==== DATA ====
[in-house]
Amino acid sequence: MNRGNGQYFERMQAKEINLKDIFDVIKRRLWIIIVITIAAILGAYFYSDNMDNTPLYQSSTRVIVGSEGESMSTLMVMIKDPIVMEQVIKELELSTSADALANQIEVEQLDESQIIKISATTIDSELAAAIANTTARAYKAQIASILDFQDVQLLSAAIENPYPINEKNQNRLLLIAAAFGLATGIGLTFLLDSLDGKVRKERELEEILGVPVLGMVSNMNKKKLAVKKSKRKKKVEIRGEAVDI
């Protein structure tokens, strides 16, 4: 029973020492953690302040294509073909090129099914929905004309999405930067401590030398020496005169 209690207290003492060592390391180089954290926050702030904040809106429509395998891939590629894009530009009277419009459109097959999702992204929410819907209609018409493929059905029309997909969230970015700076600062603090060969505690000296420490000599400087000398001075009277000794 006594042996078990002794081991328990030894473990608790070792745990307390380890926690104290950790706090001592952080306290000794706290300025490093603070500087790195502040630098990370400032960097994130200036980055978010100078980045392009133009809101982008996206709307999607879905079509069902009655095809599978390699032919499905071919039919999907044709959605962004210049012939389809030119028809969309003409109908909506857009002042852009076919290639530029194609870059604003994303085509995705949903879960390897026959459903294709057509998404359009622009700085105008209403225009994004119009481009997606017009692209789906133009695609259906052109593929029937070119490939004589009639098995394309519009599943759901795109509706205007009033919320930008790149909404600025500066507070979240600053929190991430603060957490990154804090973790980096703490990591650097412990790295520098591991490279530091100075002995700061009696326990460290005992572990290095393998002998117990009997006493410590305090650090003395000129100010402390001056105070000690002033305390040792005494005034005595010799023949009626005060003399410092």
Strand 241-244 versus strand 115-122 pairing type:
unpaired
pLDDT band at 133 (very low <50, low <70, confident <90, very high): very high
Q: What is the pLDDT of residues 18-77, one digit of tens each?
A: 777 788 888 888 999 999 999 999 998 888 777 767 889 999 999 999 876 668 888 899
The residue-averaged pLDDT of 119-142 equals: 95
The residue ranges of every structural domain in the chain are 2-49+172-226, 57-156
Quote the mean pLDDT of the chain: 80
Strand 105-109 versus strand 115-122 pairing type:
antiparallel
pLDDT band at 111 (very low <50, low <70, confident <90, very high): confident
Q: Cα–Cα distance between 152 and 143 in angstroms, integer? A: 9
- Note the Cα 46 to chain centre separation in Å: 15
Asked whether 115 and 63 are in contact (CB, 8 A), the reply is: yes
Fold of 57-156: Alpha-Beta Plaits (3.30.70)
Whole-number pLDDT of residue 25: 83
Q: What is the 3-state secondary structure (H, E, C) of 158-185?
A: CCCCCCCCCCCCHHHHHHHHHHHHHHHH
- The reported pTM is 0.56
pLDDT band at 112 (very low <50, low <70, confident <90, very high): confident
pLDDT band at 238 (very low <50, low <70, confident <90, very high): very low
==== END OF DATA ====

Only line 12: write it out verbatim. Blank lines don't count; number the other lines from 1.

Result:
Strand 105-109 versus strand 115-122 pairing type: